Configuring a keyboard
Windows allows you to customize some aspects of keyboard behavior, such as repeat rate, key mappings, and so on. To configure your keyboard, open Control Panel and double-click the Keyboard applet to display the Keyboard Properties dialog.
Installing a programmable keyboard and driver may install a separate management application, or may simply add pages and options to the standard Keyboard Properties dialog. For example, Figure 13-3 shows the additional page of the extended Keyboard Properties dialog that results from installing the Microsoft IntelliType Pro driver. If you install a programmable keyboard, make sure to locate and explore the options its driver provides. The default driver installation for some programmable keyboards leaves some very useful options disabled or set to less than optimum values.
Figure 13-3: The Windows XP Keyboard Properties dialog as modified by installing the Microsoft IntelliType Pro driver
Choose Accessibility Options from Control Panel to display the Accessibility Options dialog, shown in Figure 13-4. Although intended primarily to aid people with various disabilities, some options available here may be useful to anyone. In particular, anyone who has accidentally toggled Caps Lock on will appreciate the audible warning provided by ToggleKeys.
Figure 13-4: The Windows XP Accessibility Options dialog
Cleaning a keyboard
Keyboards collect all manner of dirt, dust, and sticky spills, particularly if you eat, smoke, or drink near them. For routine cleaning, turn the keyboard upside down and shake it vigorously, which causes an incredible amount of stuff to fall out. Monthly, use your vacuum cleaner to do a thorough job. It's a good idea to shut down the system (or at least close all files) before you start vacuuming. Otherwise, the random series of keystrokes that vacuuming generates can have some unexpected results. In one case, we deleted a document. Formula 409 and similar commercial cleaners do a good job of removing grunge, but make sure the system is turned off while you use them, and try to avoid allowing too much to run down inside the keyboard. It's better to spray cleaner on a paper towel and then wipe than to spray the cleaner directly on the keyboard.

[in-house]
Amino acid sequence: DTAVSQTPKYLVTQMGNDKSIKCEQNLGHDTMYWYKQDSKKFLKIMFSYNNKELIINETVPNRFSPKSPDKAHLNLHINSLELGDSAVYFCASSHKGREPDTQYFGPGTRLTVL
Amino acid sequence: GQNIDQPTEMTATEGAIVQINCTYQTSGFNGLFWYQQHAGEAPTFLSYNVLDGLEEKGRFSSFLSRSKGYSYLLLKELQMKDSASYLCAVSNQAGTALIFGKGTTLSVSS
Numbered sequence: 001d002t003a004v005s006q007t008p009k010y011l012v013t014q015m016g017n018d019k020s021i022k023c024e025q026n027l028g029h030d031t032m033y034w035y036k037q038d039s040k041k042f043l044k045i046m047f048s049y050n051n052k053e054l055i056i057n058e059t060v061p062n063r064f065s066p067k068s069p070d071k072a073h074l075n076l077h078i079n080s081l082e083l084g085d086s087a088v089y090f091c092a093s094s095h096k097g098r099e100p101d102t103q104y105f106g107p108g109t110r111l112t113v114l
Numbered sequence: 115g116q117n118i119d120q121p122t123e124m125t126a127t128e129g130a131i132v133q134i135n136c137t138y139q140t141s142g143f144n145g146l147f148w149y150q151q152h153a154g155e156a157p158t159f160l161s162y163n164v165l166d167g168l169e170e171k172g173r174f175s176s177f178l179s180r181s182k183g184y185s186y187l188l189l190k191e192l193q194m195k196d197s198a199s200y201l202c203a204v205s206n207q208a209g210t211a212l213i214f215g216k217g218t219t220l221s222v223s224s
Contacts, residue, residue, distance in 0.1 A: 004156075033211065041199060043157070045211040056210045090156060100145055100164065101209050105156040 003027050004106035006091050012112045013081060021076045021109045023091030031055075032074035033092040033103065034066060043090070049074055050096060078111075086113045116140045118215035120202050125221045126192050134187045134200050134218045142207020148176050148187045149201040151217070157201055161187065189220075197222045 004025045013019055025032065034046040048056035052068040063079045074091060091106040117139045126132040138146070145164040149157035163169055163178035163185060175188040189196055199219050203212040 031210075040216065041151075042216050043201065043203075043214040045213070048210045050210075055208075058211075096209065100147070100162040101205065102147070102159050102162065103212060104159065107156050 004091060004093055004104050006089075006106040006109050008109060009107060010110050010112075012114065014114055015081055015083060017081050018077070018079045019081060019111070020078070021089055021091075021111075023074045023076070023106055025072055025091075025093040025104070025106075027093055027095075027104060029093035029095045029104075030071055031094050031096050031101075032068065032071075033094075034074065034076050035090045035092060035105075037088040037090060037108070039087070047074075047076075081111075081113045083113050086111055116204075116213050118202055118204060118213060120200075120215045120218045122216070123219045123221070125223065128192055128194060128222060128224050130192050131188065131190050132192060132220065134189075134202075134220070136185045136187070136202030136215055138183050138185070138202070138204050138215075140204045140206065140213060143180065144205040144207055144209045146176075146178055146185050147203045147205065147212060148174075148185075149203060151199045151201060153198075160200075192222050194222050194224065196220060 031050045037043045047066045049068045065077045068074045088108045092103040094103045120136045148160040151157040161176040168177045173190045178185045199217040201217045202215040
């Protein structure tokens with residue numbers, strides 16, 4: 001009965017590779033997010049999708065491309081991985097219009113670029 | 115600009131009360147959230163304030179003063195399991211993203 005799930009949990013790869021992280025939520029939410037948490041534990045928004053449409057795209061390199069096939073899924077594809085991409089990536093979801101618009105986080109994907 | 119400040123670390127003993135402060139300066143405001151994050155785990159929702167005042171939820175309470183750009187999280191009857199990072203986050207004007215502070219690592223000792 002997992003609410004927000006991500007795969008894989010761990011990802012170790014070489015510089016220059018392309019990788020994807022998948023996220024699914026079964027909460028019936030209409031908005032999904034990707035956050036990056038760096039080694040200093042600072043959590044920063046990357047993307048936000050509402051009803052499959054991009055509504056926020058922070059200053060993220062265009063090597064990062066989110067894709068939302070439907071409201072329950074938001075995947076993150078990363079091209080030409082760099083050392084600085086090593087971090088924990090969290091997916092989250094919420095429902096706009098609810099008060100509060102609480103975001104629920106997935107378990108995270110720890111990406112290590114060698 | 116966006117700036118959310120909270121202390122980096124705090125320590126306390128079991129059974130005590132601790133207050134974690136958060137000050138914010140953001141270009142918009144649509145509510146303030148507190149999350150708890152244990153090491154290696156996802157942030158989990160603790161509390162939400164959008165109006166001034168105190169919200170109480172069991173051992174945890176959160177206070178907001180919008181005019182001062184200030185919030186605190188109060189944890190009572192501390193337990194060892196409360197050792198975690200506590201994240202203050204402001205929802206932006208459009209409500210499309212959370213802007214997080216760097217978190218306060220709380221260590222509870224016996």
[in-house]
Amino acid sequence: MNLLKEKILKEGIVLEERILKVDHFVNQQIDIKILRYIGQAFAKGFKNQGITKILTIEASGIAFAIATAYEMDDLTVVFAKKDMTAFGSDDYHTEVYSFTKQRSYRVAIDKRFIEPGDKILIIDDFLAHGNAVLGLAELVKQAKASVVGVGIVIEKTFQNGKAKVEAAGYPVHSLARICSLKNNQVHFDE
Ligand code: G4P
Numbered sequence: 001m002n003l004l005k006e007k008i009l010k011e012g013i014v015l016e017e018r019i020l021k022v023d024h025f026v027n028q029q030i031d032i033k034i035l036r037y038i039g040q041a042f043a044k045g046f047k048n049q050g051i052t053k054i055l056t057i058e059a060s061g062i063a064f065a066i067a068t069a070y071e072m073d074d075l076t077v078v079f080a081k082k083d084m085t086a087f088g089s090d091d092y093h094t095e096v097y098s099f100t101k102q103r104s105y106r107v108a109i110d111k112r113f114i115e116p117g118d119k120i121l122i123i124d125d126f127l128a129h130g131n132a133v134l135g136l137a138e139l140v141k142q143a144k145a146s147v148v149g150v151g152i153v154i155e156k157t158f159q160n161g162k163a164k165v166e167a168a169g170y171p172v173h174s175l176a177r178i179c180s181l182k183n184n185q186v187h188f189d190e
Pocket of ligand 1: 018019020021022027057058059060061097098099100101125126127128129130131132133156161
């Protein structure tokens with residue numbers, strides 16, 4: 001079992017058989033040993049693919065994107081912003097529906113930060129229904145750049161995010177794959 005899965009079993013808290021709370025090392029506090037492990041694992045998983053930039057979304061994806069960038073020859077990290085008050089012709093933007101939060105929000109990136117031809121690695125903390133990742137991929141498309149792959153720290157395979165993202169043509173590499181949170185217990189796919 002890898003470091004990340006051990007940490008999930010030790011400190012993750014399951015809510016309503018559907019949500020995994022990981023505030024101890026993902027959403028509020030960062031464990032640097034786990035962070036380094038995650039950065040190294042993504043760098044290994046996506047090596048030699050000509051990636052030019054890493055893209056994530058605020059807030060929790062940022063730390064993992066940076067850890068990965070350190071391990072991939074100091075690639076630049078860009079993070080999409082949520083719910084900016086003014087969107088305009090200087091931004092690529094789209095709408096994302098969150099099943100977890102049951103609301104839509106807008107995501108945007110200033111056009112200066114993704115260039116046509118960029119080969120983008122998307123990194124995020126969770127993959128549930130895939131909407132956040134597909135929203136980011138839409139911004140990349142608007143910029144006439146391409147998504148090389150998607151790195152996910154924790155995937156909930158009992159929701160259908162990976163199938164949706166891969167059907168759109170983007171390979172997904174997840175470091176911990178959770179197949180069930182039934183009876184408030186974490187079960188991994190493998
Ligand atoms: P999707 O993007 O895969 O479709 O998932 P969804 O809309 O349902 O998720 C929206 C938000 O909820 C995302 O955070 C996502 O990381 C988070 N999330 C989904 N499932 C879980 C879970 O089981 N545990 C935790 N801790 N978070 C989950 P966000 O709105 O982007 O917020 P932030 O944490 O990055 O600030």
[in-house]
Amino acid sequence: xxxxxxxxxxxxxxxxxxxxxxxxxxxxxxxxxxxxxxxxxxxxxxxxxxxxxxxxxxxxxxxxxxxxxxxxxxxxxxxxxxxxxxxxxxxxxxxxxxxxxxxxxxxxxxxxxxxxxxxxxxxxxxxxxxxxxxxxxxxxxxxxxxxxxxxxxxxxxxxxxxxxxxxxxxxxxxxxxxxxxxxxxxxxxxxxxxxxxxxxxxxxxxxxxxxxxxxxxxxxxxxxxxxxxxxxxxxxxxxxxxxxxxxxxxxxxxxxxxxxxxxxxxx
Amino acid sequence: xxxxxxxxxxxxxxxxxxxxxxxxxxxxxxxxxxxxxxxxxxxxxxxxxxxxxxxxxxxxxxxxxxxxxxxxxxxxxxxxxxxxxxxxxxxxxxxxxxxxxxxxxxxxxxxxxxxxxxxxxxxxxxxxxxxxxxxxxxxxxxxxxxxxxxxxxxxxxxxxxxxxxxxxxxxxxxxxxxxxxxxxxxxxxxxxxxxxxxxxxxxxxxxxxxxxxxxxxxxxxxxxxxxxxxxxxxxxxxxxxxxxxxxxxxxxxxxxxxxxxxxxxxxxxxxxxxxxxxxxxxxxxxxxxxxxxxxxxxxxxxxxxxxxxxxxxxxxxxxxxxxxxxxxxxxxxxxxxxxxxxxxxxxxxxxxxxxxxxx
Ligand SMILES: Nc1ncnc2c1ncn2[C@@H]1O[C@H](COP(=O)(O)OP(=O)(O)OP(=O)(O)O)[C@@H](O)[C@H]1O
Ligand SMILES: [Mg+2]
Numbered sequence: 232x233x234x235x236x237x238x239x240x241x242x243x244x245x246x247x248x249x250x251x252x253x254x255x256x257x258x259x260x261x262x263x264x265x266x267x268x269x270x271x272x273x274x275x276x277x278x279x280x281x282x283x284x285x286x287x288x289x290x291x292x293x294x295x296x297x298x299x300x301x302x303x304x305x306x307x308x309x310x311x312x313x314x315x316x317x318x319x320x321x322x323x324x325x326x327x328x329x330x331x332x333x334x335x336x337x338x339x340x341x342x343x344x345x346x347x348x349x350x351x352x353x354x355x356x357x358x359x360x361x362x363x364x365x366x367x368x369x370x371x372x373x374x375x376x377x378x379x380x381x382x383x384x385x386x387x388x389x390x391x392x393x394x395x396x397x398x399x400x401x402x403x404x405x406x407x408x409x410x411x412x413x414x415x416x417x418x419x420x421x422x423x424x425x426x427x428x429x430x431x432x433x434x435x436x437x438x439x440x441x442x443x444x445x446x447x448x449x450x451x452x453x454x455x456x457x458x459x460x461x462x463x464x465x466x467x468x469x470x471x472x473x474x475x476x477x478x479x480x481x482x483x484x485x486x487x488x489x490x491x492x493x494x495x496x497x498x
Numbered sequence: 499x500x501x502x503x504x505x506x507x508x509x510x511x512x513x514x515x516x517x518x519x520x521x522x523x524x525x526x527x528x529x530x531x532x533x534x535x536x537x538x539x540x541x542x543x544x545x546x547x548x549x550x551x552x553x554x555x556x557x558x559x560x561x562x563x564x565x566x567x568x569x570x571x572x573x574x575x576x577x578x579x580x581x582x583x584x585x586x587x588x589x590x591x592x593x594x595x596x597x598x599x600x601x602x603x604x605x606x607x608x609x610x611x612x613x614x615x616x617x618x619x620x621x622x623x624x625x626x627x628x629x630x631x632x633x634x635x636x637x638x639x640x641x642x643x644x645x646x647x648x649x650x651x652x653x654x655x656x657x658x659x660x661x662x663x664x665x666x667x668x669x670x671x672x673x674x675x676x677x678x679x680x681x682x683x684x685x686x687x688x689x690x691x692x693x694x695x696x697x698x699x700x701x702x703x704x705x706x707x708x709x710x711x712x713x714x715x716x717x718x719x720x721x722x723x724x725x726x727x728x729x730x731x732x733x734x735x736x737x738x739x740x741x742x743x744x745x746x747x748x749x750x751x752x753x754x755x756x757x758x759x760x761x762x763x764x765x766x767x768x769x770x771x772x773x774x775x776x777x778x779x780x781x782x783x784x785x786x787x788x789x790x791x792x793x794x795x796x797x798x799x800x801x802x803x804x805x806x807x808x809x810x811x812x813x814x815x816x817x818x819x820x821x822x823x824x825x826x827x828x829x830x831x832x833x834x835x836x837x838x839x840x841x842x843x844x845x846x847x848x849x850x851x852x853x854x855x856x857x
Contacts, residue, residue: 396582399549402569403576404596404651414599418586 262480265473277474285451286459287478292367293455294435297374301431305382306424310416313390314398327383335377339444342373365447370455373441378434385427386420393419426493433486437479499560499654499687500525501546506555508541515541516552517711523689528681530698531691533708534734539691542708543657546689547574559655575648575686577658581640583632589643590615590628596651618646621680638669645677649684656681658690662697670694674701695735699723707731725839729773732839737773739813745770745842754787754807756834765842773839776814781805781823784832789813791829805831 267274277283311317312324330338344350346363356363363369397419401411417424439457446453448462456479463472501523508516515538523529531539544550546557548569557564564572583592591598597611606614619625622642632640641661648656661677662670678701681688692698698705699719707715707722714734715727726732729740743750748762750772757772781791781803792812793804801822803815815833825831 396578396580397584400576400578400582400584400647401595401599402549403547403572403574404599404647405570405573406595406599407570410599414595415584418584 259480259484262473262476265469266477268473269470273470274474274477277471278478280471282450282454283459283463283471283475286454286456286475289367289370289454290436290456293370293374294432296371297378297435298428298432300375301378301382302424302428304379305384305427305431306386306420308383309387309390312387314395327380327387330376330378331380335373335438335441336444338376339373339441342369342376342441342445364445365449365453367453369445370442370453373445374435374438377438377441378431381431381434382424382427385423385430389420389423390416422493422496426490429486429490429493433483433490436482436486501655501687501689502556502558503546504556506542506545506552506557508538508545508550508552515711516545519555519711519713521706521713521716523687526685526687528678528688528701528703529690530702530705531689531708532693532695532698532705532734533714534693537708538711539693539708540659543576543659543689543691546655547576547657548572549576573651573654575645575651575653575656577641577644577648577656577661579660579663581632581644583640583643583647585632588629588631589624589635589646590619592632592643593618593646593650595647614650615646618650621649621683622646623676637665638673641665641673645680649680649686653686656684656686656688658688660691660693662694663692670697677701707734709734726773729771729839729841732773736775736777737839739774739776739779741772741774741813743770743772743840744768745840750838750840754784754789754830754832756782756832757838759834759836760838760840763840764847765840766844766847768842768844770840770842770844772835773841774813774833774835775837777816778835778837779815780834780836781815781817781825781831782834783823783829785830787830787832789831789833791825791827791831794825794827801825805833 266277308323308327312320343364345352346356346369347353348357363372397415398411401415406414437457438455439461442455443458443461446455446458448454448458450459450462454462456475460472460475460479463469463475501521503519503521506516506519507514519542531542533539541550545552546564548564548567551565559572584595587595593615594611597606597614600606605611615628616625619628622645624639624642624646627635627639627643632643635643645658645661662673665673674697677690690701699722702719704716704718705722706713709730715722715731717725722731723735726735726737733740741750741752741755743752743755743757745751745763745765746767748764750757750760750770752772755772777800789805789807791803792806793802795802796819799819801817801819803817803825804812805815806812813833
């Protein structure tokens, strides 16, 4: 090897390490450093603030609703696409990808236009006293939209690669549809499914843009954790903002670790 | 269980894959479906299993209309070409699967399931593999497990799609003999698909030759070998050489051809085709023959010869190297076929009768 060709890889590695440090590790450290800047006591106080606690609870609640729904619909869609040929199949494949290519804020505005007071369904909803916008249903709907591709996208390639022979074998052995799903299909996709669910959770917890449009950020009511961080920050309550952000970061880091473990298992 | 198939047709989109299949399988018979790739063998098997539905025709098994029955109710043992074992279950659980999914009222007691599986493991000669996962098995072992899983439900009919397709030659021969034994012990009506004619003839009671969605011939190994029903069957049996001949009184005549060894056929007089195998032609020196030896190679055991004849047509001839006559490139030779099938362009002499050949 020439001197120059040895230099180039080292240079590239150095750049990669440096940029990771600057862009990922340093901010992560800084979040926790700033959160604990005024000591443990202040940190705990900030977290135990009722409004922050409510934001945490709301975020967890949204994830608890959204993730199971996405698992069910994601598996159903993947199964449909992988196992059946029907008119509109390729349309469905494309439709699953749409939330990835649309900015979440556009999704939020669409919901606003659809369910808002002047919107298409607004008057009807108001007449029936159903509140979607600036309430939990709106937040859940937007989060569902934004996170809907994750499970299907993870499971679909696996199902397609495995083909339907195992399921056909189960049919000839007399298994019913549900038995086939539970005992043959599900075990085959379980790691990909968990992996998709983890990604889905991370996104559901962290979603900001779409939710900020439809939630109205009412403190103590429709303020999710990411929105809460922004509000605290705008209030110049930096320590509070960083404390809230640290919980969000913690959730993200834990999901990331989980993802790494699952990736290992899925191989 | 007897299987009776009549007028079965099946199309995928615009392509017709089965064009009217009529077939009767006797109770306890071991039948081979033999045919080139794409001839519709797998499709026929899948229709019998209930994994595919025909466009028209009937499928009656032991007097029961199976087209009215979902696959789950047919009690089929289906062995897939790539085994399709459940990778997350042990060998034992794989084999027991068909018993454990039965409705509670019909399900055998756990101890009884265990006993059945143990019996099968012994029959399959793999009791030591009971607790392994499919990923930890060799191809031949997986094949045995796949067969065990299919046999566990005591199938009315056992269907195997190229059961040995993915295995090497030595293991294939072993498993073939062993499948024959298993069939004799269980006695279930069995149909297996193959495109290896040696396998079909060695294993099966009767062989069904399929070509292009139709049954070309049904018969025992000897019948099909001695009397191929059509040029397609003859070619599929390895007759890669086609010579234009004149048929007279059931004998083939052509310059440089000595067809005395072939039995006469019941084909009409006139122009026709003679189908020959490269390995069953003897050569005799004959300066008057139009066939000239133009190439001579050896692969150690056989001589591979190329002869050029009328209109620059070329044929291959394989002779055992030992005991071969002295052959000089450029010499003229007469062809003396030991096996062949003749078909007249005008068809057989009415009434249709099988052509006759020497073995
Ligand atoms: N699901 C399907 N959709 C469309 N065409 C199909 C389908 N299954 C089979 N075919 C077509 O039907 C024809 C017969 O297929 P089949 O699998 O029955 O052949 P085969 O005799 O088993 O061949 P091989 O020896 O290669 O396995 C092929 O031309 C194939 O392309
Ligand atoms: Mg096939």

Figure 13-5: A keyboard after more than a year without cleaning
Figure 13-6: The same keyboard after a trip through the dishwasher
All of that presupposes that your keyboard is just normally dirty. For cleaning seriously dirty keyboards (see Figure 13-5 ), we've been using the dishwasher method for more than 20 years. Most people think we're kidding when we recommend it, but it works for us. We've used it successfully with both mechanical and membrane-based keyboards. Proceed as follows:
- Disconnect the keyboard from the computer. We probably shouldn't have to mention this step, but we don't want to get hate mail from someone who didn't realize it wasn't a good idea to run his system unit and monitor through the dishwasher.
- Place the keyboard, keys down, in the top rack of the dishwasher. Secure the keyboard cable with a rubber band or tie wrap to keep it from becoming entangled in the moving parts of the dishwasher. Set the dishwasher for gentle cycle and coolest water temperature, if those options are available. Make sure to select the option for air dry rather than a heated drying cycle. (We use dishwasher detergent and run the keyboards just as we would a load of dishes, but, if you're more cautious, using just warm water seems to work about as well.)
- Run the keyboard through an entire wash cycle, using dishwasher detergent. When the cycle finishes, remove the keyboard and douse it with at least a gallon of water, making sure to repeatedly flood the keys themselves. For safety's sake, we always recommend using distilled water, but in fact we always use ordinary tap water and have never had a problem. (If your tap water is particularly hard, it's a good idea to use distilled or de-ionized water instead.) After rinsing, turn the keyboard this way and that and shake it to drain as much water as possible. Use a towel to dry the accessible parts. At this point, your keyboard should look like new (see Figure 13-6).